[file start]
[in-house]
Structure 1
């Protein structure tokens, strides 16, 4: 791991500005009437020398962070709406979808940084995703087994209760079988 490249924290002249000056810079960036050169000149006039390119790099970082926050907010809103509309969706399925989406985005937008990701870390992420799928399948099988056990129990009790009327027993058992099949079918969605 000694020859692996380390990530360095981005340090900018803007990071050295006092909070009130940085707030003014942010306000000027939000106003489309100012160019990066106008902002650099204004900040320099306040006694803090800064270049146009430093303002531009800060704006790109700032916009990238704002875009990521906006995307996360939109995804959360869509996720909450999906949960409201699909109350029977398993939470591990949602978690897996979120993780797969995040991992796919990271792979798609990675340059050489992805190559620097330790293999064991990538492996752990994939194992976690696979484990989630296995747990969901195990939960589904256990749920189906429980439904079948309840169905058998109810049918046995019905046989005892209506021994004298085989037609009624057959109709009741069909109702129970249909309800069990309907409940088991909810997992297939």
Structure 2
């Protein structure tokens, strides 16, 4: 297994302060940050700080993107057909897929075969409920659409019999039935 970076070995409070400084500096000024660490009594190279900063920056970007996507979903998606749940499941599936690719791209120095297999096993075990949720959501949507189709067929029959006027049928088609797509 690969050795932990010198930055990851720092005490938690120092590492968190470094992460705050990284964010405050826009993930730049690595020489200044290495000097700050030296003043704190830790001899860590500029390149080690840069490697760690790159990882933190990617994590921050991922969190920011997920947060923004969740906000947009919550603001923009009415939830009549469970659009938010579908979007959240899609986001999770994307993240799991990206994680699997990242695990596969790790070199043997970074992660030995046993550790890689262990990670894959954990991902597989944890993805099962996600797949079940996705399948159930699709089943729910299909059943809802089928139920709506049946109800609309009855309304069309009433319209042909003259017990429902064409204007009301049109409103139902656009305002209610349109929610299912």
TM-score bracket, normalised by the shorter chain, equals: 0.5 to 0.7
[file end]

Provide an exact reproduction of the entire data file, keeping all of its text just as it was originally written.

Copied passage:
[in-house]
Structure 1
């Protein structure tokens, strides 16, 4: 791991500005009437020398962070709406979808940084995703087994209760079988 490249924290002249000056810079960036050169000149006039390119790099970082926050907010809103509309969706399925989406985005937008990701870390992420799928399948099988056990129990009790009327027993058992099949079918969605 000694020859692996380390990530360095981005340090900018803007990071050295006092909070009130940085707030003014942010306000000027939000106003489309100012160019990066106008902002650099204004900040320099306040006694803090800064270049146009430093303002531009800060704006790109700032916009990238704002875009990521906006995307996360939109995804959360869509996720909450999906949960409201699909109350029977398993939470591990949602978690897996979120993780797969995040991992796919990271792979798609990675340059050489992805190559620097330790293999064991990538492996752990994939194992976690696979484990989630296995747990969901195990939960589904256990749920189906429980439904079948309840169905058998109810049918046995019905046989005892209506021994004298085989037609009624057959109709009741069909109702129970249909309800069990309907409940088991909810997992297939």
Structure 2
């Protein structure tokens, strides 16, 4: 297994302060940050700080993107057909897929075969409920659409019999039935 970076070995409070400084500096000024660490009594190279900063920056970007996507979903998606749940499941599936690719791209120095297999096993075990949720959501949507189709067929029959006027049928088609797509 690969050795932990010198930055990851720092005490938690120092590492968190470094992460705050990284964010405050826009993930730049690595020489200044290495000097700050030296003043704190830790001899860590500029390149080690840069490697760690790159990882933190990617994590921050991922969190920011997920947060923004969740906000947009919550603001923009009415939830009549469970659009938010579908979007959240899609986001999770994307993240799991990206994680699997990242695990596969790790070199043997970074992660030995046993550790890689262990990670894959954990991902597989944890993805099962996600797949079940996705399948159930699709089943729910299909059943809802089928139920709506049946109800609309009855309304069309009433319209042909003259017990429902064409204007009301049109409103139902656009305002209610349109929610299912």
TM-score bracket, normalised by the shorter chain, equals: 0.5 to 0.7